In 2011, Charlotte Moss was diagnosed with stage three melanoma.

Sadly, she was told that chemotherapy and radiotherapy would not be effective and was advised that the only option was to wait and see what happened.

Understandably, this was incredibly difficult for her and her family. But thankfully, soon after, Charlotte was invited to join an immunotherapy trial.

When they peeled back the covering of the node, it was all cancer. It started to dawn on me just how serious this was. It was scary.

Charlotte Moss, Clinical trial patient

At this time, only one significantly successful immunotherapy trial had previously taken place on melanoma. Although only marginally increasing the life expectancy in terminally ill patients, it was the first time any positive results had been shown. Charlotte jumped at the chance to take part and has now been living cancer free for more than 10 years.

Charlotte played a key role on our campaign to build the Centre for Cancer Immunology by sharing her experience of living with cancer and being on a clinical trial at events and on our website.

She was therefore delighted to see the University hit the £25million target in 2018, so much so, she didn’t want her involvement with the Centre to end.

One of the most powerful things is hope. I went from being in complete despair, to having hope that I might survive longer than I originally thought. That hope completely lifted me up.

“Being involved in the university’s campaign was amazing,” Charlotte explained. “It was so meaningful to be behind something that would help a lot of people, especially after experiencing cancer myself. It was a great moment when we hit the target and then when it opened, but then I felt ‘what’s next?’ ‘What else can I do?’”

Charlotte got in touch to see what other opportunities she could be involved in and spoke with colleagues at the Southampton Clinical Trials Unit (SCTU), a facility within the Centre, which designs, implements and manages clinical trials.

The Southern Cancer Trials Public Involvement Group, pictured right, which provides feedback and input in new cancer trials, was being established and Charlotte decided to take part.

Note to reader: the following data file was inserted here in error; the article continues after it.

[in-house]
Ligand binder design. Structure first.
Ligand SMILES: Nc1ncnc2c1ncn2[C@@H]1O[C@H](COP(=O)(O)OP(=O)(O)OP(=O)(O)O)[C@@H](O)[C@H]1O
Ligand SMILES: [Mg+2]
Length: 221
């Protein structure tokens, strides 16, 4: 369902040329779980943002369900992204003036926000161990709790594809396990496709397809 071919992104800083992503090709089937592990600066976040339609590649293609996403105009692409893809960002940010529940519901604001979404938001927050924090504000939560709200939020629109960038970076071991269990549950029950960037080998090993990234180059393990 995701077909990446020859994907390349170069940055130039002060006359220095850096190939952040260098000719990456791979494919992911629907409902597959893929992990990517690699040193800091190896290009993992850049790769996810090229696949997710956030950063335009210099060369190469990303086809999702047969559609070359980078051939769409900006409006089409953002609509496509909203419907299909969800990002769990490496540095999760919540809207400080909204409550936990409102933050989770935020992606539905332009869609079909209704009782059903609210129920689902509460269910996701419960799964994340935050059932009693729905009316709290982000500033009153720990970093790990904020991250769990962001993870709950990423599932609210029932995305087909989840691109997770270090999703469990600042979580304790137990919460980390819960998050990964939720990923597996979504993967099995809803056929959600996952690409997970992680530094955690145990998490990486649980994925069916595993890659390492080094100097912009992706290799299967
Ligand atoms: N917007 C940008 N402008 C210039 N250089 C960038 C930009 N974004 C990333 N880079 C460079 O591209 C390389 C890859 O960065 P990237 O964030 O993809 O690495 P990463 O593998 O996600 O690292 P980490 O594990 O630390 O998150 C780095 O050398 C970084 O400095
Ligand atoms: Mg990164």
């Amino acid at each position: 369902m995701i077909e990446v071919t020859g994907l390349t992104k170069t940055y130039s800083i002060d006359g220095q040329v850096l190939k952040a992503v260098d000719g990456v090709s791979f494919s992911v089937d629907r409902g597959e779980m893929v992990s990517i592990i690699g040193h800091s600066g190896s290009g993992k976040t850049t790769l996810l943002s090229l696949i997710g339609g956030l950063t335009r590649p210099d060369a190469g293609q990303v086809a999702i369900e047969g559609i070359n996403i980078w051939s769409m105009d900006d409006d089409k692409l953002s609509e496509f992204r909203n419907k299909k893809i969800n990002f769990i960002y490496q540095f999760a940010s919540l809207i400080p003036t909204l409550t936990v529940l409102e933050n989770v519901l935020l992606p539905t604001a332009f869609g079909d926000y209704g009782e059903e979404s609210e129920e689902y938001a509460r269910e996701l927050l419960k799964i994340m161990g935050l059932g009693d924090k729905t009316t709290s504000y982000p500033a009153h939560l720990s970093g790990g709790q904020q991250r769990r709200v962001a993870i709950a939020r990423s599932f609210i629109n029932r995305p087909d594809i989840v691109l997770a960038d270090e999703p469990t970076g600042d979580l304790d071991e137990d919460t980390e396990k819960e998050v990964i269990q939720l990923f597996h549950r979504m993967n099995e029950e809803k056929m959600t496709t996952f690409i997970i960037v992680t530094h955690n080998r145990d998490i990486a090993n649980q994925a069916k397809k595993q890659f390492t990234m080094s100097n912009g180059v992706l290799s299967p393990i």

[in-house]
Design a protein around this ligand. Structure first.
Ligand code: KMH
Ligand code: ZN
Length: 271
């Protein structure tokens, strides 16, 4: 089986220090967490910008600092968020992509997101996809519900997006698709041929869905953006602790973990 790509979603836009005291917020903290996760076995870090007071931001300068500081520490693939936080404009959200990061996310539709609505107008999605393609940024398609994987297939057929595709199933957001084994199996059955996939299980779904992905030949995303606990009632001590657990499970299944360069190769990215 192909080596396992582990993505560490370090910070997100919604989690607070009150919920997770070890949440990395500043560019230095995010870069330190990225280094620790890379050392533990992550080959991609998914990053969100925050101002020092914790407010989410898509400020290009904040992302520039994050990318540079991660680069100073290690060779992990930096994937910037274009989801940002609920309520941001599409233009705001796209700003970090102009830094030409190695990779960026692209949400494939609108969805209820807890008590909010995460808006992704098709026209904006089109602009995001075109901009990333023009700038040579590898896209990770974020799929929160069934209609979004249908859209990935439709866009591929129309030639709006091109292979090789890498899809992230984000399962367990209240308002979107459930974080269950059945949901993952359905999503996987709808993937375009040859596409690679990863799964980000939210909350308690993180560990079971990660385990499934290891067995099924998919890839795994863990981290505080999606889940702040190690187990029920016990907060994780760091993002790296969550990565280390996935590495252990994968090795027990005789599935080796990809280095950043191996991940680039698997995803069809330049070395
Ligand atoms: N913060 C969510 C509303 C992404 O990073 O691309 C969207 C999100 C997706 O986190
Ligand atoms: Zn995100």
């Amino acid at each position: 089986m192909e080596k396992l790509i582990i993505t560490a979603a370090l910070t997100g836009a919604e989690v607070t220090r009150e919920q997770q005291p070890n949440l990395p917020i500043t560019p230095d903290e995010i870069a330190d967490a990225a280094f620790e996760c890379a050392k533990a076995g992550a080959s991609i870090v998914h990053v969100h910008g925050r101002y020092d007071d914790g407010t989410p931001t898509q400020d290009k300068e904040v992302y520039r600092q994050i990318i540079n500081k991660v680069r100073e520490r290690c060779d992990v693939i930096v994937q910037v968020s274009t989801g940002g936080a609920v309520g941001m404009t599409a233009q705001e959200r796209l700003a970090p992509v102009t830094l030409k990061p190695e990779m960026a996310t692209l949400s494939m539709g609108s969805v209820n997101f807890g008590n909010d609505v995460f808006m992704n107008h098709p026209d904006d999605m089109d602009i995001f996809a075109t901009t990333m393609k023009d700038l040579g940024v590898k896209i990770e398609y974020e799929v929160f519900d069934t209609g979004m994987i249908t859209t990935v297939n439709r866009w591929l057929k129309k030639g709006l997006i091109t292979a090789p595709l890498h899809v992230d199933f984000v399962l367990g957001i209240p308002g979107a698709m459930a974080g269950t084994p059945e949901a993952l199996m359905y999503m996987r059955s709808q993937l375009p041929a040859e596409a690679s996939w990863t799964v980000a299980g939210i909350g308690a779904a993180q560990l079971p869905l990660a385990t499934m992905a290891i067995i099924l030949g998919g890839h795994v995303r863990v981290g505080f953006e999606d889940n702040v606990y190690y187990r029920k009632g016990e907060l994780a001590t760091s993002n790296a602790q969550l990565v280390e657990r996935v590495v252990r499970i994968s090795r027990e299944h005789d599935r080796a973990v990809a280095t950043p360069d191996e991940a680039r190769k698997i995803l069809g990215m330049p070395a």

Working alongside our researchers and trial teams, the Forum ensures the interests of patients are at the heart of everything we do. The group is made up of patients, family members of patients and other interested people. They meet regularly throughout the year to discuss trials, funding proposals and patient communications.

“I really wanted to be able to keep giving something back. It’s so good to see what’s going on at the Centre and to play a part in shaping what trials and other activities are taking place. It’s really important to have patient representation at the beginning of the clinical process and a fresh perspective, so doctors and scientists can see it from our side. We may be able to offer a side that has not been considered yet, that may be the difference in how successful a trial is. There’s a really good mix of people, from different backgrounds, different ages, all with different viewpoints. We have some insightful discussions and have been able to make a significant contribution.”

Charlotte was recently diagnosed as neurodivergent, a term which means someone has a brain that works differently from the average or “neurotypical” person. This may be differences in social preferences, ways of learning, ways of communicating or ways of perceiving the environment. Charlotte says her diagnoses has helped her help enhance how the SCTU communicates with patients.

“Some people cannot take in lots of written information,” she explained. “For me, I need to be told something two or three times before it starts to sink in. We need to make things really easy for people to understand, especially when it comes to something as serious and personal as cancer. The Centre have been amazing with the group, they are open minded to our suggestions and input and there are no stupid questions. It’s been a great experience so far and I am looking forward to continuing to help shape future trials.”

I don’t think I would be here if it wasn’t for the drug and the trial that I was on at Southampton. I feel very lucky.